You may not actually need money to hire a lawyer. Most personal injury lawyers work on contingency.
When a lawyer works on contingency, he may not require payment unless he recovers the claim. Lawyers and clients usually agree on payment amounts before they begin working on a case. Often, this fee is a percentage of the total recovery amount, but it can also be a flat fee.
At the end of the case, the lawyer will take their portion out of the total award and give the balance to the client. As a result, the injured person can recover without paying the lawyer upfront.
Trading for services is also an option for some lawyers. For example, a lawyer could trade legal services for the construction of a website if the client is good at graphic design. A restaurant owner might offer free meals to defend an employment dispute.
What if the Attorney I Want is Outside My Budget?
It is not uncommon for clients to find an attorney they believe is right, but the price is too high. It is perfectly acceptable for the client to negotiate the price in this situation. Similarly, the client could request a payment plan whereby the client agrees to pay small portions of the bill over time.
Finally, if the client and attorney cannot reach an agreement, the client might want to seek out another lawyer. Hiring a younger lawyer is not a problem. Younger lawyers may be more aware of recent developments in the law, even though they are less experienced. It is more likely that a younger lawyer will have fewer clients, allowing them to devote more time to your case.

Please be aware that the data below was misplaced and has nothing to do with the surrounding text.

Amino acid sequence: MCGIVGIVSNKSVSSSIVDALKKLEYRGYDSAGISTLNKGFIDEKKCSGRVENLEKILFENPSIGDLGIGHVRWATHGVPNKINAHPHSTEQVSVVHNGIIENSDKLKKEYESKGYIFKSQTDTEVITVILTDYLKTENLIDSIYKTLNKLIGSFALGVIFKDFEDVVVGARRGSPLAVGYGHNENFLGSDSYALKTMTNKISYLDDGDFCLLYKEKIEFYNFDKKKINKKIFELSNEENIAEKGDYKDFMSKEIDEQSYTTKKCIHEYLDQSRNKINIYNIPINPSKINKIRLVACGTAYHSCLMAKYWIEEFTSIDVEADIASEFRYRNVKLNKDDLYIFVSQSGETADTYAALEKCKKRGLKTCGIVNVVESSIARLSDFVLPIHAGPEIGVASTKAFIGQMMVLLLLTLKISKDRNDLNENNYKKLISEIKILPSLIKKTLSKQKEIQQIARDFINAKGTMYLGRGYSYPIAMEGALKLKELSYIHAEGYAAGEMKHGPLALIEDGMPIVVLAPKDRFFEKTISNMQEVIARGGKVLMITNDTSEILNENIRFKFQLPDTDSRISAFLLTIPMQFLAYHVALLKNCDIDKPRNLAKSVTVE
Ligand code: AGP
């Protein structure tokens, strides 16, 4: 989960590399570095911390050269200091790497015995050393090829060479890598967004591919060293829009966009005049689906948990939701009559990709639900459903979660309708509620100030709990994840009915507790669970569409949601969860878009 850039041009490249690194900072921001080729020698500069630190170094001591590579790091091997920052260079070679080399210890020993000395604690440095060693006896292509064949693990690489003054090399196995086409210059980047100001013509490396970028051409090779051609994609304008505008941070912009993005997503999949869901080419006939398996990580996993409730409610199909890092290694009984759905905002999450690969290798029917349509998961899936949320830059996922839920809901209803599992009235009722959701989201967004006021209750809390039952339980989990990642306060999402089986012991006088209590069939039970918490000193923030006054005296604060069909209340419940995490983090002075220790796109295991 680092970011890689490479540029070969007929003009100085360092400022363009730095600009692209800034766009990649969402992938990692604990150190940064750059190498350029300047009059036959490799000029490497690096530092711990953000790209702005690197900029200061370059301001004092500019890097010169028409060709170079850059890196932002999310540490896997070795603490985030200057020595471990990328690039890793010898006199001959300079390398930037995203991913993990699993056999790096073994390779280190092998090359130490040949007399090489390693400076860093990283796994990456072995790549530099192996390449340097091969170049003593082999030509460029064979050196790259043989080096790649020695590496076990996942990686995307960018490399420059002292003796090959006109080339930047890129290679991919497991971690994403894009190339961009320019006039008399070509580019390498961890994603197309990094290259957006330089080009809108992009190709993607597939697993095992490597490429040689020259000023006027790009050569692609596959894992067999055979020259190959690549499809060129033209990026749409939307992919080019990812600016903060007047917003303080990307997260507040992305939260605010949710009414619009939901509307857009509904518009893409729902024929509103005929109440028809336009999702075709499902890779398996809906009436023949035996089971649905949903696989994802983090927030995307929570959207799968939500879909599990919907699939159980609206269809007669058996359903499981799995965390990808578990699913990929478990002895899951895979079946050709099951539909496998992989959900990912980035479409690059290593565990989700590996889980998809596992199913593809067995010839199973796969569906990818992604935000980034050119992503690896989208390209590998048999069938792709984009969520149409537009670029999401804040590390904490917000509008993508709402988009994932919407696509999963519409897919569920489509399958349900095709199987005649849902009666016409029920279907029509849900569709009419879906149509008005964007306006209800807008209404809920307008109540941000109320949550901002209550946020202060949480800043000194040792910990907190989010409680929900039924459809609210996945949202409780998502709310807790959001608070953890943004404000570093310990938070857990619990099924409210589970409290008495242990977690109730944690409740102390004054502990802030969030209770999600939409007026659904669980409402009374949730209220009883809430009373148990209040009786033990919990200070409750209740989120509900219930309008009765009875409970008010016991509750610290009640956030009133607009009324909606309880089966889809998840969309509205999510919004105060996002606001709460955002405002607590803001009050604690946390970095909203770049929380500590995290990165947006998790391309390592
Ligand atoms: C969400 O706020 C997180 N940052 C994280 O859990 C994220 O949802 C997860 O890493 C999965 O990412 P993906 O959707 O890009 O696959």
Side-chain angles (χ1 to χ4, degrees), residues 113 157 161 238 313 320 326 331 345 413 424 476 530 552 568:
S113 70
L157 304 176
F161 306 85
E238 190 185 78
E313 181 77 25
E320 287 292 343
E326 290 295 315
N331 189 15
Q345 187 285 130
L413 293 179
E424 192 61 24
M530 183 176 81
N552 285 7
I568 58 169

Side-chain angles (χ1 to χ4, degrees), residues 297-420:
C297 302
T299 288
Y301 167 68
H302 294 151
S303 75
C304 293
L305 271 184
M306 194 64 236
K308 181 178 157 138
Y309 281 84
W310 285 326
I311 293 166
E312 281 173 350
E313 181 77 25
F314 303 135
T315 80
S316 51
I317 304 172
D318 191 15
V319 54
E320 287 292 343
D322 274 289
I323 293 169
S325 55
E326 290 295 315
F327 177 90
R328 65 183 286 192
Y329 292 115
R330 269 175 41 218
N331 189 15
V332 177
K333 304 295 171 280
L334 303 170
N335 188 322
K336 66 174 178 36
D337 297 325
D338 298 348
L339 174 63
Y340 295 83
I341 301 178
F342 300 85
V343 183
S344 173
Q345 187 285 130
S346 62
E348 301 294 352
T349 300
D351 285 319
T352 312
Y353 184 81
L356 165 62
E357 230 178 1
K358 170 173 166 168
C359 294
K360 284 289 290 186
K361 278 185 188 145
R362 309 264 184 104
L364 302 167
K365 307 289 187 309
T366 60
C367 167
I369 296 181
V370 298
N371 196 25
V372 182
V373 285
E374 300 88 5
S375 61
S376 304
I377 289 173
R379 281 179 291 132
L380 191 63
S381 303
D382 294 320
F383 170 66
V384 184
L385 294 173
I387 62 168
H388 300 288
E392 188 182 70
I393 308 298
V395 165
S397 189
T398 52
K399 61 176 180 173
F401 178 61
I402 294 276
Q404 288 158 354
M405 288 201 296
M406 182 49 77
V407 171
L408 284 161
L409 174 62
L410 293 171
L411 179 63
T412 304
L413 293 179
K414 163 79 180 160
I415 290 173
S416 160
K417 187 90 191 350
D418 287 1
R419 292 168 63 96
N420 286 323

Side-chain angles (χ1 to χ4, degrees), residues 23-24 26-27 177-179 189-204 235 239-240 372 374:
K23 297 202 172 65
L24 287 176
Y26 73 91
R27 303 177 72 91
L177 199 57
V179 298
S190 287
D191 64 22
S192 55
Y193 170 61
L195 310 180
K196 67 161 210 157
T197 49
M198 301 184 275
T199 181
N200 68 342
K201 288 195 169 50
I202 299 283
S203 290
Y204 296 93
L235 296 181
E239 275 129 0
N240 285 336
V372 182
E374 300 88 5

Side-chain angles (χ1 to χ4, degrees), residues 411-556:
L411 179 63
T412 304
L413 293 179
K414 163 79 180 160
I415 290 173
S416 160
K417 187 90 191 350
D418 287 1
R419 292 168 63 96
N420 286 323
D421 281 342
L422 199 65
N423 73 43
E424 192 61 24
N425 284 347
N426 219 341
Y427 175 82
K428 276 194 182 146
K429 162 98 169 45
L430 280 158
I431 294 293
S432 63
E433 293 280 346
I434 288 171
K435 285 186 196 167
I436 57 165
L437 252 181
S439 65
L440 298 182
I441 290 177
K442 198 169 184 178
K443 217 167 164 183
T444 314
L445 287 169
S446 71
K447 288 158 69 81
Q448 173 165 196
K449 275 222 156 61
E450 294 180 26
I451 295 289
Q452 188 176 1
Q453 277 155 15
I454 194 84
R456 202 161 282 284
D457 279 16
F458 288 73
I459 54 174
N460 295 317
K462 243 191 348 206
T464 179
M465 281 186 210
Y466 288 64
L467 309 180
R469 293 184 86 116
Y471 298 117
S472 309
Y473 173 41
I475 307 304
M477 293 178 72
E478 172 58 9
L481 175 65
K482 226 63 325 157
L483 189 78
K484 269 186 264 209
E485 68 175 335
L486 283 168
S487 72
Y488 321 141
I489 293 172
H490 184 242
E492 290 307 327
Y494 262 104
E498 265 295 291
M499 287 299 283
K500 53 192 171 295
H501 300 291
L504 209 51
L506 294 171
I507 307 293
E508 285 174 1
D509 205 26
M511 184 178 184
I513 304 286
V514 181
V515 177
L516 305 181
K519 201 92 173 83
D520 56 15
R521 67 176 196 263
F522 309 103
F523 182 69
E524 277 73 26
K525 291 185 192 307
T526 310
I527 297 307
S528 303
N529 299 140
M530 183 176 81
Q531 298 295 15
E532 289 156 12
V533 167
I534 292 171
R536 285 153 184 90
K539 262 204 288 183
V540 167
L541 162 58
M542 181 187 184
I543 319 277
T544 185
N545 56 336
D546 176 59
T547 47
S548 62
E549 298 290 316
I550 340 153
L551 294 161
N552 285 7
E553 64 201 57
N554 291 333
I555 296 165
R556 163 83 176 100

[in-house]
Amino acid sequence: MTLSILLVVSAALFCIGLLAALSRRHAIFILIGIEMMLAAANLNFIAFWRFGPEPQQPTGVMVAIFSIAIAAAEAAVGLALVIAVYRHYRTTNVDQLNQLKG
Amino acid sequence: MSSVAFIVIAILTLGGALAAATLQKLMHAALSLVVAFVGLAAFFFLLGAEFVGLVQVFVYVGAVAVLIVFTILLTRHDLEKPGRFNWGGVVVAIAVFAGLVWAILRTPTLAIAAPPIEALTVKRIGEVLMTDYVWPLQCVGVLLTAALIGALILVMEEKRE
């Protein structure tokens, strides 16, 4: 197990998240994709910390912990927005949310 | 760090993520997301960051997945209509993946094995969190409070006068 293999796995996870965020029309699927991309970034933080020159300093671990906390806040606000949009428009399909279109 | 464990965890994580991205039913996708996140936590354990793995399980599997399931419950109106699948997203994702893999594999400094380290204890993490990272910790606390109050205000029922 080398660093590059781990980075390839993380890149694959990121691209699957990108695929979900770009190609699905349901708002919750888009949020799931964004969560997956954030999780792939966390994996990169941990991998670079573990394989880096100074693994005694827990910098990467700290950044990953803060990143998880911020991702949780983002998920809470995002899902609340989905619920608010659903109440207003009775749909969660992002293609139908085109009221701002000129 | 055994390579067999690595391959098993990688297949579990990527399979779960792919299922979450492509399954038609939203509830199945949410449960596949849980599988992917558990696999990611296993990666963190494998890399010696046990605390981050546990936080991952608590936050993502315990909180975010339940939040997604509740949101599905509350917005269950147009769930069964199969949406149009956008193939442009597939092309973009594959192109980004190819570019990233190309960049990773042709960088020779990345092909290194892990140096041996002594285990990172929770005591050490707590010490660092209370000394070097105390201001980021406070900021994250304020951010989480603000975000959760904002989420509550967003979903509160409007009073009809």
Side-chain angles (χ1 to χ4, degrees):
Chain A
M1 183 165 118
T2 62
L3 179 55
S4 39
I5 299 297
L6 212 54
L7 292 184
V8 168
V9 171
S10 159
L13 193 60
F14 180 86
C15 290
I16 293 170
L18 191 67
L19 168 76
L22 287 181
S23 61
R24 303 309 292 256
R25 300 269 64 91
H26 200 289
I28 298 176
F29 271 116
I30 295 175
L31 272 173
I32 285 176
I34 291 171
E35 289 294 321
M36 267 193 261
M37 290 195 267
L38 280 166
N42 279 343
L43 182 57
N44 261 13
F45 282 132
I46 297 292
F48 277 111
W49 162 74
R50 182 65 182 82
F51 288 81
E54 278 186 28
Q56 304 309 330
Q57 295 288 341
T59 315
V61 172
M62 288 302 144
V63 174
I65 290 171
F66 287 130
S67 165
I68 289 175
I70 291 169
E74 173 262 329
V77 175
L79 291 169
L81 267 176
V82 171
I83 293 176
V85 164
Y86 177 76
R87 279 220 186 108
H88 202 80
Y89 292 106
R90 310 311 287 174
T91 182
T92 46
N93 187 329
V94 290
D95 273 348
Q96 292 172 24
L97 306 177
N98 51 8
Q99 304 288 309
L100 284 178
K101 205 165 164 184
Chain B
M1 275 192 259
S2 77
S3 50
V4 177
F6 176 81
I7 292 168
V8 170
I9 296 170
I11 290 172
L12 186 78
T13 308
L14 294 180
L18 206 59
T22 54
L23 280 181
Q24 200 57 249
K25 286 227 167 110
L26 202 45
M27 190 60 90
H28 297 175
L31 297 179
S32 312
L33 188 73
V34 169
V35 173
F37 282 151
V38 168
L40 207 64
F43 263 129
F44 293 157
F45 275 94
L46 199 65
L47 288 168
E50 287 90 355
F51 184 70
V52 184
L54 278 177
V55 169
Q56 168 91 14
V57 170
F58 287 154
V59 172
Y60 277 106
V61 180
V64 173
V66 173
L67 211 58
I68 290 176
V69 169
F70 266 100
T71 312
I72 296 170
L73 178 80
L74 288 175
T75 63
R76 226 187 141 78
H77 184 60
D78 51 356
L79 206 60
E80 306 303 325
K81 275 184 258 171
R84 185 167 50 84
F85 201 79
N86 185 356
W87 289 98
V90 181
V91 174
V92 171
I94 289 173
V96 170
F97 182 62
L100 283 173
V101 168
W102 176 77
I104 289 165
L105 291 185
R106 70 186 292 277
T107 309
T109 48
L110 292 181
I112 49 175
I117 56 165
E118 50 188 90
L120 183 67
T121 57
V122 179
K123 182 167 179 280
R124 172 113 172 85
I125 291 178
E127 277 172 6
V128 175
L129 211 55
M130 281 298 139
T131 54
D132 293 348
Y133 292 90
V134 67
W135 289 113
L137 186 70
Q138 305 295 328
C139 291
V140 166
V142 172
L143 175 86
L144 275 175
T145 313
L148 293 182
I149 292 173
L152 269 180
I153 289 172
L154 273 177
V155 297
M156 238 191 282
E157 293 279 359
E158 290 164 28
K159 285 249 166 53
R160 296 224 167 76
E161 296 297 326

Refund for Unearned Legal Fees
When you hire an attorney, you are usually required to pay a lump sum upfront. This sum is called a retainer. Your attorney will bill their hourly rate, and they will use the money in this retainer to pay it instead of sending you a bill.
Over $100 billion is spent each year on legal fees by Americans. Fees have increased twice as fast as inflation since 1990 despite a sluggish economy.
Ethical attorneys collect most of these fees by providing valuable, efficient services to their clients. Still, many of them are paid due to incompetent lawyering, purposeful padding of bills, ethical violations, or improper coercion of collection.
Clients who believe their lawyer has overbilled them may be entitled to a refund for unearned legal fees.
At first glance, fighting your lawyer’s fees may seem daunting.
Your lawyer will likely represent your interests in ongoing matters. Because your lawyer is the last person you want as an adversary in a lawsuit, you may feel obligated to pay outstanding bills, even if they are outrageous. Your lawyer has superior legal knowledge if a billing dispute arises.
If they have to collect his fees, you assume they’ll become a 21st-century “Matlock.” It doesn’t appeal to you to pay another lawyer to oppose another attorney’s fee request. Lastly, you may feel that the legal system will protect its own and uphold the fee regardless of the facts of your case.
A client who receives an excessive bill due to unethical lawyering, waste, or incompetence can resolve these concerns with a sensible, managed approach. It is possible to communicate your concerns to your lawyer during and after the engagement. Questioning bills appropriately can lead to mutually-agreed reductions, strengthening the attorney-client relationship.
When all else fails, fee dispute litigation can provide substantial relief from some relatively common examples of attorney overbilling while protecting an attorney’s right to a reasonable fee.